Nano Bugle

A window into applied science supported by INL

Apple iPhone apps put Nanotechnology in your pocket

The Project on Emerging Nanotechnologies (PEN), established in April 2005 as a partnership between the Woodrow Wilson International Center for Scholars and the Pew Charitable Trusts (Washington) has developed findNano, an application for Apple’s iPhone and iPod Touch that lets users discover and determine whether consumer products are nanotechnology-enabled ranging more than 1,000 different products from consumer electronics, toys or food to improved drug delivery systems.

This application takes as base, the PEN’s “Consumer Products Inventory”, which is one of the leading sources of information on manufacturer-identified nanotechnology consumer products around the world and through this new application becomes more accessible for today’s consumers.

Patrick Polischuk, Research Associate at PEN says: “This innovative tool satisfies the needs of citizen, scientists, tech-savvy consumers, and those who are merely curious about whether products contain nanomaterials.”

To help develop better estimates of the number of nano-based products in commerce, the iPhone app allows users to submit information on new products, including product name and where the product can be purchased. Using the built-in camera, iPhone users can even submit new nanotech product to be included in future inventory updates. This feature will help consumers, researchers, etc to determine how and where nanotechnologies are entering the marketplace.

findNano is available as a free download for the iPhone and iPod Touch, and can be found in the iTunes App Store.

April 20, 2011 Posted by | Nanobiology, Nanoelectronics, Nanofood, Nanomaterials, Nanomedicine, Nanooptics, Nanopackaging, Nanophotonic, Nanoproduction, Nanotester, Nanotextile | , , , , , | Leave a comment

Prolonging the Preservation of Fruit Using Silver Nanoparticles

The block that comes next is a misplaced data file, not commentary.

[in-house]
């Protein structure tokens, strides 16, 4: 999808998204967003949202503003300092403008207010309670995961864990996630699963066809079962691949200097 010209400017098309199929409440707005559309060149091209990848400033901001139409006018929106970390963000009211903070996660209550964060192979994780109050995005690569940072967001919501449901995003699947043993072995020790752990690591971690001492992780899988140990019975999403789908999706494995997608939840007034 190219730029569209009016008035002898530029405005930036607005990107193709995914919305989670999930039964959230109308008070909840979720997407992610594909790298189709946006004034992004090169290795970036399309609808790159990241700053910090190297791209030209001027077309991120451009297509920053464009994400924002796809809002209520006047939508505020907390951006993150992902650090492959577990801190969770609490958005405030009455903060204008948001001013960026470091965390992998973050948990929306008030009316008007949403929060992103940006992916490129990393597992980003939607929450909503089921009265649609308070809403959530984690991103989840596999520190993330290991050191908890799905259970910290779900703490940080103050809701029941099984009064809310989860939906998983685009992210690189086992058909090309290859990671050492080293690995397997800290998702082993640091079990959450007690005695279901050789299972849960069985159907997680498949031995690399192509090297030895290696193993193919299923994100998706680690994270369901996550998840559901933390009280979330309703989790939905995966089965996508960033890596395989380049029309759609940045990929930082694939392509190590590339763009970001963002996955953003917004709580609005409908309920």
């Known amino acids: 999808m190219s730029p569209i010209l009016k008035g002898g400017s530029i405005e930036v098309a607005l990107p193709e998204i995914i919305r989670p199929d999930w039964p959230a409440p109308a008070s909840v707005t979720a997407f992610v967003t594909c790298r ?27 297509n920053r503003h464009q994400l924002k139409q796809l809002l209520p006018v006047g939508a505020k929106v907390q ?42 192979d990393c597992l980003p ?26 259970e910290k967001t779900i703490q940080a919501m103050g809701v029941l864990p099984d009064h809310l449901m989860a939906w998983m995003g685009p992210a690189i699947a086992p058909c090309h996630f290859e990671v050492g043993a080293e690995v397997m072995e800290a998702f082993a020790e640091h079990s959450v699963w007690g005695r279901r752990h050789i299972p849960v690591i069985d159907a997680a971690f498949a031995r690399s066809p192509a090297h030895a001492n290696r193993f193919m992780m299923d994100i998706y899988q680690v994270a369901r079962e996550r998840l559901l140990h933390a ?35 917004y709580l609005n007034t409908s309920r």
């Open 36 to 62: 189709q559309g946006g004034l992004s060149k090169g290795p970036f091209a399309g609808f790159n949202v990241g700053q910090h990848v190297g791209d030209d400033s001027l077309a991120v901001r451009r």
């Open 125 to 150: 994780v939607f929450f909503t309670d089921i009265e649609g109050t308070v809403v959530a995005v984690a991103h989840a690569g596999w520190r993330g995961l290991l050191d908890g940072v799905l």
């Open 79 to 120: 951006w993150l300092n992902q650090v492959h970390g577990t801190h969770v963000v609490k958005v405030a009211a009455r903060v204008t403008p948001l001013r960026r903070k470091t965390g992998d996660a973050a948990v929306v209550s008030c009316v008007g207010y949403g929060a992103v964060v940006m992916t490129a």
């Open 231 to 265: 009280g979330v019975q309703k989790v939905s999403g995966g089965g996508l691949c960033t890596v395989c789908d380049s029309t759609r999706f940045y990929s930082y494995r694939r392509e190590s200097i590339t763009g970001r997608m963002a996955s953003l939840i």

A new research conducted at the Centro de Investigación en Ciencia Aplicada y Tecnología Aplicada, Unidad Legaria shows that silver nanoparticles retard the growth of fungal pathogens, keeping the fruits up to three times longer than normal.

In tests with papaya, the nanoparticles were able to inhibit the fungus Colletotrichum gloeosporioides which causes anthracnose disease whose symptoms appear only when the fruit reaches maturity. The nanoparticles were able to inhibit the fungus up to 90%.

Given that post-harvest losses in tropical fruits in the world vary from 10 to 80% depending on crop type and region, the work could mean a significant improvement in the marketing of these fruits.

October 14, 2009 Posted by | Nanofood | , | Leave a comment

Nanoparticles for Water Purification

Image obtained from tuvidasana.murke.net

Image obtained from tuvidasana.murke.net

A group of researchers from the Universidad Autónoma de Barcelona, Universidad de Poitiers, Pontificia Universidad Javeriana with support from Consejo Nacional de Ciencia y Tecnología of Mexico have developed a technique that completely eliminates toxic substances from the water in less than an hour.

The developed technology is based on the use of titanium oxide nanoparticles on glass surfaces or glass. These particles are subjected to high temperatures to adhere, after which, in the presence of sunlight or ultraviolet light, oxidizing species are produced that are capable of degrading organic material.

In a initial phase some mushrooms are used to transform the compunds to be elimitad by the nanoparticles.

September 30, 2009 Posted by | Nanofood | , , | Leave a comment

Carbon Nanotube Membranes for Water Purification

Image obtained from 1x.com

Image obtained from 1x.com

A spin-off from the Lawrence Livermore National Laboratory (LLNL), called Porifera, uses carbon nanotubes to develop membranes for water purification.

The nanotubes are arranged so that they are closely packed together in order that water flows through them as if traversing a pile of straws. The opening of the nanotubes is only a few nanometers, so that water molecules can pass through them, while bacteria, biological material and other impurities can not. Thus, the water obtained after passing through the nanotube is clean of impurities.

While traditional membranes in dirt are stored within the membrane, in these membranes such impurities are kept out of the nanotubes, facilitating cleaning.

Another possible application of such filters would be water desalination.

September 9, 2009 Posted by | Nanofood | , , | 1 Comment

Nanotechnology and Water Supply

Image obtained from 1x.com

Image obtained from 1x.com

The Brazilian Agricultural Research Corporation (Embrapa) is investigating the development of a system of nanofilters biodigestion for debugging the water supplying, with future possibilities of obtaining drinking water.

This work is part of the IBSA nanotechnology initiative, which is a program of research and development collaboration between the departments of Science and Technology from India, Brazil and South Africa

June 25, 2009 Posted by | Nanofood | , | Leave a comment